April Fool’s Day

The History of April Fool’s Day

The true origins of April Fool’s Day remains a mystery to historians. There are a handful of theories as to how this goofy holiday came to be. Stories of April Fool’s Day date back to 1582, when the French were changing from the Julian calendar to the Gregorian calendar, as called for by the Council of Trent in 1563. Under the new calendar the New Year began January 1st. Those who were a “fool” and hadn’t received the news were found celebrating the “new year” at the end of March into April. These people became the butt of jokes and hoaxes. An alternate theory explores the idea that April Fool’s Day is based around the Spring Equinox, the changing of seasons. This idea evolved because Mother Nature has a tendency of “fooling” us with the unpredictable weather.
April Fools’ Day spread throughout Britain during the 18th century. In Scotland, the tradition became a two-day event, starting with “hunting the gowk,” in which people were sent on phony errands (gowk is a word for cuckoo bird, a symbol for fool) and followed by Tailie Day, which involved pranks played on people’s derrieres, such as pinning fake tails or “kick me” signs on them. In modern times, people have gone to great lengths to create elaborate April Fools’ Day hoaxes. Newspapers, radio and TV stations and Web sites have participated in the April 1st tradition of reporting outrageous fictional claims that have fooled their audiences.




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Spring is Here!

It is official, Spring is here.  With the snow and ice melting, many of us who have been staying inside are now enjoying the warmer temperatures and sunshine.

This is a very busy time of year for our community.  After the long winter, calls are coming in from those interested in downsizing and giving up shoveling snow.  If you, a friend or a loved one are considering a spring move, call us.  We would love to answer any questions you might have and introduce you to our beautiful community.


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March is National Nutrition Month & Happy St. Patrick’s Day

There is no doubt, that at any age, if we pay attention to what we eat and eat better (healthier), we feel better.  Many common health problems can be helped by a better diet.  For example heart disease, diabetes, obesity and many digestive issues can all be helped by paying attention to what we eat and drink.  March is “National Nutrition Month” and is sponsored by the Academy of Nutrition and Dietetics. Nutrition Month focuses on helping people to make correct food choices as well as developing good eating and exercising habits.  Learn more about this at www.eatright.org.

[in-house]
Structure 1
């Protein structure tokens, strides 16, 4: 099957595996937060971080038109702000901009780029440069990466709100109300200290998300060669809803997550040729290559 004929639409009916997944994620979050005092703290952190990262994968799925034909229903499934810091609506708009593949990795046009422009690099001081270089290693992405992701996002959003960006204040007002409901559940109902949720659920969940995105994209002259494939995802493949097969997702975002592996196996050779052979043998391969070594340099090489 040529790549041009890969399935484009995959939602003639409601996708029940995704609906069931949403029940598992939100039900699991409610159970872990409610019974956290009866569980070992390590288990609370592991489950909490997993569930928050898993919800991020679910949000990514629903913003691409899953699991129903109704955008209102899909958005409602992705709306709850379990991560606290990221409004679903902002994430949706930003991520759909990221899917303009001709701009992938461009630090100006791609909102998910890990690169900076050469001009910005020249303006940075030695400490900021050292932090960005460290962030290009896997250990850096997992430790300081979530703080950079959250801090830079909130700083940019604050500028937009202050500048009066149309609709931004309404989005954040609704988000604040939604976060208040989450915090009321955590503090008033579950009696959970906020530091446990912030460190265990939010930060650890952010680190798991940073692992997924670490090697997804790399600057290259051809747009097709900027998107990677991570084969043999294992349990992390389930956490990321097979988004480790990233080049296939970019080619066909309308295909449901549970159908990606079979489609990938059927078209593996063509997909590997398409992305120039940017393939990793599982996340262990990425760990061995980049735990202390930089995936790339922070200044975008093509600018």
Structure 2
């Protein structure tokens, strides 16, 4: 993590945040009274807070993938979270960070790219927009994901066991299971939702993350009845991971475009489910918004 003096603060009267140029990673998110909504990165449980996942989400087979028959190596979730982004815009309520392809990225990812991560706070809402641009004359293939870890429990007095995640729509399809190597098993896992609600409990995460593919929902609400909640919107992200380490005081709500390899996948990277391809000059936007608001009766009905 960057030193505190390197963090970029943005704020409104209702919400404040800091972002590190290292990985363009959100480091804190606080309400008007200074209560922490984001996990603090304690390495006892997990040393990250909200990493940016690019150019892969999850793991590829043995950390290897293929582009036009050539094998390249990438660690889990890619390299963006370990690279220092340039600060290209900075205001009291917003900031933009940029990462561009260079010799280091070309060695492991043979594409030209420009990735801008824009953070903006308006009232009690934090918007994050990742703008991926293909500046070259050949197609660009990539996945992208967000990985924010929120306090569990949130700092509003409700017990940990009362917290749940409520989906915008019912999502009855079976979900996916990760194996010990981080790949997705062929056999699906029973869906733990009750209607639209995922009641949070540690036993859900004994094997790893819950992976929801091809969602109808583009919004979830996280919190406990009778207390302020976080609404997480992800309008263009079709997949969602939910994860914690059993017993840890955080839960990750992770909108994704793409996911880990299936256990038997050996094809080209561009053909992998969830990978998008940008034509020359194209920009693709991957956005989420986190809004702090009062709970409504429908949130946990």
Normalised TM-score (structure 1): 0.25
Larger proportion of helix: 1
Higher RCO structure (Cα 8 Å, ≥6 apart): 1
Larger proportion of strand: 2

You can find some healthy St. Patrick’s Day recipes at www.cookinglight.com/entertaining/holidays-occasions/healthy-irish-recipes


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Daylight Savings Time Begins on Sunday, March 10th, 2019*

Longer days are here! It is time to “Spring Ahead”. Daylight Savings Time begins on Sunday, March 10th. Don’t forget to set your clocks ahead one hour before you go to bed on Saturday, March 9th. On average, in March, we see between 11 and 12 hours of daylight. To help adjust with the change here are some helpful tips below.
1. Don’t change your schedule. Stick to regular waking, eating, sleeping and exercise times.
2. Have a nighttime routine. Prepare your body for sleep by engaging in a few relaxing activities before hitting the hay.
3. Avoid long naps. Keep naps short (between 20-30 minutes) to avoid disrupting your sleep schedule.
4. Get some natural sunlight. Sunlight helps regulate your body’s internal clock.
Daylight Saving Time does steal light from the morning, but the sun continues to rise earlier and thus the length of the day increases at its most rapid pace during the next three months.
There is always debate surrounding daylight saving time, but the redistribution of daylight to more useful hours of the day is always a strong argument to keep it. This 100 year old practice will always have supporters and detractors. While some of us dislike losing an hour of precious time and sleep, the payoff is an extra hour of evening sun. Most agree, that’s worth it!

*Information at:




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March is National Sleep Awareness Month

Sleep is an important part of any healthy lifestyle. On average, individuals should try to get 7 to 8 hours per night. Proper sleep can help someone strengthen their immune system against a cold or help them meet their weight lose goals. Losing even an hour of sleep can cause problems. Not getting enough sleep at night doesn’t just lead to a tired morning, it can cause: forgetfulness, irritability and increase your risk to certain health problems like heart disease or diabetes. Here are some tips to help improve your sleeping habits*:


  • Go to bed at the same time every night and wake up at the same time every morning.
  • Make sure your bedroom is quiet and dark.
  • Only use your bed for sleep. For example, avoid watching TV from bed.
  • Avoid eating large meals before bed.
  • Avoid caffeine and alcohol before bed. Some may think drinking alcohol helps them sleep, but the quality of the sleep is poor.

There are many sleep behavior disorders that cause an inability to get the sleep and rest one needs to be healthy. A few that are most common are: sleep apnea, sleep talking, REM disorder, restless leg syndrome, general pain and atypical work schedules. These are common areas of sleep disorder and can be discussed with a medical professional. However, having good sleep habits is the best way to make one feel rested and refreshed in the morning.

*Learn more at:





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